“Are you ready for your psychological evaluation?” It’s the computer prompt that astronaut Roy McBride (Brad Pitt) responds to in minute detail every morning. There’s something rehearsed about the cadence in which Roy responds to the question, as if to suggest that he’s answered this question ad nauseam, prepared to reaffirm a stranger’s perception of what constitutes being well-adjusted. It’s one of those ridiculous but necessary aspects of his day-in and day-out and it’s the sort of thing that is best mitigated by embracing a palatable lie. And so Roy conceals the truth: the truth about missing his wife (Liv Tyler) and the truth about his missing father (Tommy Lee Jones), now gone for nearly three decades after what was presumed to be a failed mission to Neptune. Instead he dedicates himself to the now, his “eye on the exit,” with the hope that whatever insular, emotional hemorrhaging he encounters can be compartmentalized, stowed away and forgotten. The instinct is, painfully, an all too relatable one.
James Gray’s filmography has been littered with incredible examinations on masculine ennui, on the lassitude that comes with failure and disappointing those you love. His films of the past ten years or so – Two Lovers, The Immigrant, and The Lost City of Z - have been particularly insightful ruminations on the smallness of Man, on the tragic likelihood of dedicating our lives to false idols. Ad Astra is no different, uniting his themes to the literal cosmos, reevaluating the petty concerns that are fixtures in our day and giving them the weight of Greek tragedy. I felt Ad Astra in my nerve endings, not (just) for its stunning visions of solitude when faced with the bleak unknown, but for how those concerns spoke to my present; how, deep down, like Roy, I know that “I’ve been harsh when I should have been tender.” There’s freedom in the kind of honesty that Gray expresses and as a result Ad Astra sings.
Despite the gravitas and internal nature of Ad Astra, it comes as a bit of a surprise as to how set piece-oriented the film can be. A major sequence, set on the “International Space Antenna” – a towering Earth-based structure that reaches the heights of the stratosphere –finds Roy working along side a coterie of other astronauts. It’s here where a massive electrical surge causes many of them to plummet back to Earth, including Roy. The sequence is breathless, with Roy’s body tumbling from reachable space back to the terra firma. Yet he remains calm and collected, his heartbeat never exceeding 80 beats per minute. He’s the visage of stoic masculinity, a veneer of naked singularity to those around him, yet, as we overhear through his wounded voiceover, a man riddled with anxiety, prone to loneliness. Simply put: broken.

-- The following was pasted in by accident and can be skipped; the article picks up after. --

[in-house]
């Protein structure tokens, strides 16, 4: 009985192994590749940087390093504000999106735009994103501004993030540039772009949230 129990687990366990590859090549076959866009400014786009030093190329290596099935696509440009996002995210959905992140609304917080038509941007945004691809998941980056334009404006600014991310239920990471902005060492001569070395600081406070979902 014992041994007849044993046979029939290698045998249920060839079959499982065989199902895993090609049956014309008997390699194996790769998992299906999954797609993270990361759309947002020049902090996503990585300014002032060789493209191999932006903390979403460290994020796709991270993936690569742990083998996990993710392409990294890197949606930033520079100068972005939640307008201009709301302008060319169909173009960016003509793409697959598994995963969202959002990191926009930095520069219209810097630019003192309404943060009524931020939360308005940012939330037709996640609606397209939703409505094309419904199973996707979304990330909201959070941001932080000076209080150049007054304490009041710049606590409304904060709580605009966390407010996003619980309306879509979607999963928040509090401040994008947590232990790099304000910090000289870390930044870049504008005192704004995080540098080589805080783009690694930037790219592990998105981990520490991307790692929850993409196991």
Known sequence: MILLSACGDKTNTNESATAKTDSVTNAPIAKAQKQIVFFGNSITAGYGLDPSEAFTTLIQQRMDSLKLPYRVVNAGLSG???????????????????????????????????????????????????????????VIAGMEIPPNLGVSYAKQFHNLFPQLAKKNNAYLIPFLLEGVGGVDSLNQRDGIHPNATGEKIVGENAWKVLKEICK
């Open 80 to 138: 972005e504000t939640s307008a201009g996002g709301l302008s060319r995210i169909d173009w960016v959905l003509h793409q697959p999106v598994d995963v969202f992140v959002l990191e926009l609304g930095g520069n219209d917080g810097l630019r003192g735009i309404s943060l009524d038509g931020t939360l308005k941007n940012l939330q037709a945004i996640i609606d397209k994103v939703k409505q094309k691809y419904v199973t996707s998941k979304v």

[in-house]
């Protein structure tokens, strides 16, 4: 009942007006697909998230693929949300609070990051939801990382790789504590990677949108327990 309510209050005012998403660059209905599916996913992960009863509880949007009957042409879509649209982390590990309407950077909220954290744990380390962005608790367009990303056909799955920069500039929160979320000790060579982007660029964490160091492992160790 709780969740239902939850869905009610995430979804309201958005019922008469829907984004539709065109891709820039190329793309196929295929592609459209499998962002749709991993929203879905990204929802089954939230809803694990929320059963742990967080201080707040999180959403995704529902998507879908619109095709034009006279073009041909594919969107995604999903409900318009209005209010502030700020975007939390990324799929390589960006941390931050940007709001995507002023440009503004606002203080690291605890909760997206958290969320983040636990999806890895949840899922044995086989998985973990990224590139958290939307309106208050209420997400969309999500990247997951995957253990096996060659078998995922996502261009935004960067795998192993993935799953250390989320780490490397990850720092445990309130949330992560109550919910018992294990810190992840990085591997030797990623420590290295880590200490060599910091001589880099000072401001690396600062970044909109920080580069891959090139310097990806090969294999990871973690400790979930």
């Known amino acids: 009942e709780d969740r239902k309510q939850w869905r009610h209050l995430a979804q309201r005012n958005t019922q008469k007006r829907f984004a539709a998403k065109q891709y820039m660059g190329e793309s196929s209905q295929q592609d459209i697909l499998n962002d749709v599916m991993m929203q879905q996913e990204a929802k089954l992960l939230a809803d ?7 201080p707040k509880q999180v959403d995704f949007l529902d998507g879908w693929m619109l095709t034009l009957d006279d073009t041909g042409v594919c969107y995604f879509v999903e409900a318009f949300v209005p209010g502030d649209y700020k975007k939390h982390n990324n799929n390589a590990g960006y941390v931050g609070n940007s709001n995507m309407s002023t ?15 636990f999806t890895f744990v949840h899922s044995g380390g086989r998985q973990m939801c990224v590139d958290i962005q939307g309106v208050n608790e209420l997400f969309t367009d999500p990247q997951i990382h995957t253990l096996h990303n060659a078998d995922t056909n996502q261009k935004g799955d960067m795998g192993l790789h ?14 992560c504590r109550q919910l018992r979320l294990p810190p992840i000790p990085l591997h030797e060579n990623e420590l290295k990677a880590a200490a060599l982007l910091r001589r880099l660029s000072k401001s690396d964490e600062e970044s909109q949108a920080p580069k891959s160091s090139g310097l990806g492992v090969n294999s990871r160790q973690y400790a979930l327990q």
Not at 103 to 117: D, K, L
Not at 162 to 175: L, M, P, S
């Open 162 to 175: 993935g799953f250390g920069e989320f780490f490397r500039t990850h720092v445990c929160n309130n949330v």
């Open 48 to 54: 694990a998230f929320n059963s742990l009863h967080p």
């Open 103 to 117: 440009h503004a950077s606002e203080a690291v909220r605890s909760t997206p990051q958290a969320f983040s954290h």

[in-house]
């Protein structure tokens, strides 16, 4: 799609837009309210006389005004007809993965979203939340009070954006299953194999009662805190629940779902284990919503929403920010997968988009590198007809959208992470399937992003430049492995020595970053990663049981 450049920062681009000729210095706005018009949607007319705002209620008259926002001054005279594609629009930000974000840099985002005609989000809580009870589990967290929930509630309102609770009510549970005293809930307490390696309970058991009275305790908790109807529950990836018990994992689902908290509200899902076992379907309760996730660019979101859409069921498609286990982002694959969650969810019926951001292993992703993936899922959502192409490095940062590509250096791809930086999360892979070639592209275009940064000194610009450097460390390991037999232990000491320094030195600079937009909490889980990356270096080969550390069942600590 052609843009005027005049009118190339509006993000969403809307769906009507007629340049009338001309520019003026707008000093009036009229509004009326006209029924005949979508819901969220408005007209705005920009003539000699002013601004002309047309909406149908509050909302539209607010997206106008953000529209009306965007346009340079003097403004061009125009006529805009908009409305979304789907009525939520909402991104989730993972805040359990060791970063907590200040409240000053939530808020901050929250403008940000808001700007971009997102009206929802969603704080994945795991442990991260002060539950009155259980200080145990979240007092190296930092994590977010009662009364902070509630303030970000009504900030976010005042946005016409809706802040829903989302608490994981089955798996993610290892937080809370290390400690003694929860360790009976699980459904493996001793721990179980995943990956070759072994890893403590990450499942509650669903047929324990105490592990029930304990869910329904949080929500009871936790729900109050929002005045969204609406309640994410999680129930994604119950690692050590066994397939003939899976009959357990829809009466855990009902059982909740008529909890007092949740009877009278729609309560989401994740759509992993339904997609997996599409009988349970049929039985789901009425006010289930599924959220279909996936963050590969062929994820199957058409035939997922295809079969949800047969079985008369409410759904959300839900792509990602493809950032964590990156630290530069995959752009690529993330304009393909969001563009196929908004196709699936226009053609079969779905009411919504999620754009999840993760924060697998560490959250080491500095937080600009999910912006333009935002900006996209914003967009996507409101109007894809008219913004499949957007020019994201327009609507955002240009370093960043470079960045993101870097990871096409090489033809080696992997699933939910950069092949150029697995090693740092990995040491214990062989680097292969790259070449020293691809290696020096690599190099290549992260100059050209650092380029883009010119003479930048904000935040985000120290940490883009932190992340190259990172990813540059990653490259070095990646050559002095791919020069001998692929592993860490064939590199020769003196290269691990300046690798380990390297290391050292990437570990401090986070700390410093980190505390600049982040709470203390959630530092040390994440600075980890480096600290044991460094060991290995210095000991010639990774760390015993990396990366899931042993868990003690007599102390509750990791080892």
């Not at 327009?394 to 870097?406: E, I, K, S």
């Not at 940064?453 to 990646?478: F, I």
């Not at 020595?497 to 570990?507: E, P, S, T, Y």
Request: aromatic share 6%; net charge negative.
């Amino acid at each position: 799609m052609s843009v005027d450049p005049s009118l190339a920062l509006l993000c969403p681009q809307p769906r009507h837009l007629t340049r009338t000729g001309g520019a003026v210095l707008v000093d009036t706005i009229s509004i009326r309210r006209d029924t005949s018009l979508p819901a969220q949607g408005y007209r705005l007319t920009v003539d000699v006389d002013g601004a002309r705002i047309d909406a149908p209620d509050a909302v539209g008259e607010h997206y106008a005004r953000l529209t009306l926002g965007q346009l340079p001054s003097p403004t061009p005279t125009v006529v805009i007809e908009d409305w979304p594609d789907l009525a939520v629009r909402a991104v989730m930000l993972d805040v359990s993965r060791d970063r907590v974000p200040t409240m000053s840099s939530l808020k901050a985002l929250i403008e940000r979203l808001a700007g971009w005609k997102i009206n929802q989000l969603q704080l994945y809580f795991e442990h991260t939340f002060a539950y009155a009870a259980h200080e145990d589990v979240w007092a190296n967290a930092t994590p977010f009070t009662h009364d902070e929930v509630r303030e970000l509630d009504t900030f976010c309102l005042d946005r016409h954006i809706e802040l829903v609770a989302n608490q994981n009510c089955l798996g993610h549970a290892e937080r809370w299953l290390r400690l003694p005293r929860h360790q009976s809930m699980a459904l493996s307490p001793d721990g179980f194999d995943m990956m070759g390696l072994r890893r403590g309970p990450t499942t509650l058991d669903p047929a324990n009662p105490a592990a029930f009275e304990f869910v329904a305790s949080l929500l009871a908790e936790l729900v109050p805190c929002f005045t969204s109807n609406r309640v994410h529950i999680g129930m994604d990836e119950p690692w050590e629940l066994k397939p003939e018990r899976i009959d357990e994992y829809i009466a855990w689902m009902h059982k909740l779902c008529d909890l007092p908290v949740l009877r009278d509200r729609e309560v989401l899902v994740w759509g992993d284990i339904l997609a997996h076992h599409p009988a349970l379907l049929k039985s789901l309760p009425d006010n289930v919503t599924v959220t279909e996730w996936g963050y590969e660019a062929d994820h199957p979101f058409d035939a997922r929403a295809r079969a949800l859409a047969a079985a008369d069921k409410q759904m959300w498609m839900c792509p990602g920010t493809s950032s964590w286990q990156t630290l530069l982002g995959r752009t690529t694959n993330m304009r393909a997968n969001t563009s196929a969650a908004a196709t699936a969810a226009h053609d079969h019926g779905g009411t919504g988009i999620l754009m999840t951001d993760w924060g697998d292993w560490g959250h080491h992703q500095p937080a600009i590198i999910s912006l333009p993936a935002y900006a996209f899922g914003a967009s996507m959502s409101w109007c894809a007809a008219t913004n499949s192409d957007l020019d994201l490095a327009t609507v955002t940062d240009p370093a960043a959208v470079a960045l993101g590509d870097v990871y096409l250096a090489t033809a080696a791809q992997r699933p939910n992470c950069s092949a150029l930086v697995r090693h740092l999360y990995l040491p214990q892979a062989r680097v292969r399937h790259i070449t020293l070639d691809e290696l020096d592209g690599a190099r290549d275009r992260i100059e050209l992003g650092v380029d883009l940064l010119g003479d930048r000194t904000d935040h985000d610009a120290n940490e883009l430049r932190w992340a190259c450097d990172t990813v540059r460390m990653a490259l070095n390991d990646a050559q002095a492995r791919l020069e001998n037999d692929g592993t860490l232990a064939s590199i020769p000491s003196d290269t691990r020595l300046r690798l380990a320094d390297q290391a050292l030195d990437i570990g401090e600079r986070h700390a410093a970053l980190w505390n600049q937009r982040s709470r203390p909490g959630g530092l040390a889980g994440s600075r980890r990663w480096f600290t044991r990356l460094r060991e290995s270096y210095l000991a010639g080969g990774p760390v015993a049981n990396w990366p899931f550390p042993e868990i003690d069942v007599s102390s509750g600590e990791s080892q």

Assigned to research the whereabouts of his father and his presumed failed mission, Roy is dispatched to Neptune by way of the Earth’s moon and Mars. If the moon sequence is riddled with a cynical anxiety (Roy will frequently remark on his disgust of the commercialization of the moon’s real estate, where we see the marquees of familiar American fast food restaurants illuminate the terrain), it’s on Mars where the film is at its most operatic. A dusty vibrancy commands these sequences, where Roy’s unchecked ghosts get the better of him. His longing to answer the unanswerable questions lets darkness creep within him. The broken man finds himself in silent transit, having given up those before him in exchange of knowing what happened to his father. His thoughts gravitate to what’s missing, whatever’s lost. Again, this instinct is, painfully, an all too relatable one.
Gray’s explored this Aguirre-esque paranoia and obsession before, with Fawcett’s to-the-death search for “Z”, Ewa’s unyielding ambition to make it in America in The Immigrant, and Leonard’s misguided need to love and be loved in Two Lovers. In Ad Astra, Gray’s prevailing suggestion is that these obsessive tendencies that serve to isolate us from all those who love us is, inherently, a matter of choice. A matter of control. Roy, when left to himself, gets quiet and embittered. From planet to planet to planet, the astronaut becomes more hermitic. He’s most alive in dreams. The brief glimpses of Roy’s wife are lensed with a vivid urgency. They’re fleeting, but profoundly impactful, and resemble, paradoxically, a source of grief and hope. But darkness wins far too often and the hurt of one relationship tends to reverberate and echo onto others. But the cosmos is a darker place to Roy without his knowing about the whereabouts of his father and it’s the question that takes him to the fringe.
I love Ad Astra for being a film both about despair and dreams, pain and grace. It’s about someone who knows they shouldn’t be alone but does just that because they don’t know how else to cope. It takes Man a trip through the outer reaches of the galaxy to embrace the notion that he doesn’t have to go alone. It certainly feels that way sometimes. To embrace the idea that you were never meant, never supposed, to be Alone. We’re all we got and that has to be good enough. So we take that despair and pain that wounded us in one relationship and try to find redemption in another. Roy smiles in this film once and the moment that happens you can’t help but feel like it resembles some sort of confession, some underlying Truth: life need not be a tragedy.